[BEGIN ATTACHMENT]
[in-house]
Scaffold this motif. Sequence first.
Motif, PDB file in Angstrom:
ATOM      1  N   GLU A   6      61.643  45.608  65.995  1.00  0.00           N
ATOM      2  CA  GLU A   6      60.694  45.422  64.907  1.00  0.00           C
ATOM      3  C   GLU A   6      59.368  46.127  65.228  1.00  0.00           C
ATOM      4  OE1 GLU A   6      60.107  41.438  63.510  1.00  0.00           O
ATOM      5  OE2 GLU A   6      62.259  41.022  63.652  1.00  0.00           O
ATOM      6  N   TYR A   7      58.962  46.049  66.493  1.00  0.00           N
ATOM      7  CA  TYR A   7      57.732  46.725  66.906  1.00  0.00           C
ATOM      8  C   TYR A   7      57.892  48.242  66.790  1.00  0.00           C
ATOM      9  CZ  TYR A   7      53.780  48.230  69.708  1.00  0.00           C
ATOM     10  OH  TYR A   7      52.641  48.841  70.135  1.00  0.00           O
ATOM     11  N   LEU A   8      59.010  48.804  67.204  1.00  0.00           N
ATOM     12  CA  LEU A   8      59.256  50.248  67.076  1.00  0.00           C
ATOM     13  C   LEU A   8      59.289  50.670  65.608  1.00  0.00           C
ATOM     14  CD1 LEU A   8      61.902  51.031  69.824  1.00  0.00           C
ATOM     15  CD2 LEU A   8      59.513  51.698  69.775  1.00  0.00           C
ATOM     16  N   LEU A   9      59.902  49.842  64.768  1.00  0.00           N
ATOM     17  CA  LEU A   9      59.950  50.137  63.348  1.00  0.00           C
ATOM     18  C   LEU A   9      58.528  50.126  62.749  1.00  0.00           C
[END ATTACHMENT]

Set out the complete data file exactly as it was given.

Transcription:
[in-house]
Scaffold this motif. Sequence first.
Motif, PDB file in Angstrom:
ATOM      1  N   GLU A   6      61.643  45.608  65.995  1.00  0.00           N
ATOM      2  CA  GLU A   6      60.694  45.422  64.907  1.00  0.00           C
ATOM      3  C   GLU A   6      59.368  46.127  65.228  1.00  0.00           C
ATOM      4  OE1 GLU A   6      60.107  41.438  63.510  1.00  0.00           O
ATOM      5  OE2 GLU A   6      62.259  41.022  63.652  1.00  0.00           O
ATOM      6  N   TYR A   7      58.962  46.049  66.493  1.00  0.00           N
ATOM      7  CA  TYR A   7      57.732  46.725  66.906  1.00  0.00           C
ATOM      8  C   TYR A   7      57.892  48.242  66.790  1.00  0.00           C
ATOM      9  CZ  TYR A   7      53.780  48.230  69.708  1.00  0.00           C
ATOM     10  OH  TYR A   7      52.641  48.841  70.135  1.00  0.00           O
ATOM     11  N   LEU A   8      59.010  48.804  67.204  1.00  0.00           N
ATOM     12  CA  LEU A   8      59.256  50.248  67.076  1.00  0.00           C
ATOM     13  C   LEU A   8      59.289  50.670  65.608  1.00  0.00           C
ATOM     14  CD1 LEU A   8      61.902  51.031  69.824  1.00  0.00           C
ATOM     15  CD2 LEU A   8      59.513  51.698  69.775  1.00  0.00           C
ATOM     16  N   LEU A   9      59.902  49.842  64.768  1.00  0.00           N
ATOM     17  CA  LEU A   9      59.950  50.137  63.348  1.00  0.00           C
ATOM     18  C   LEU A   9      58.528  50.126  62.749  1.00  0.00           C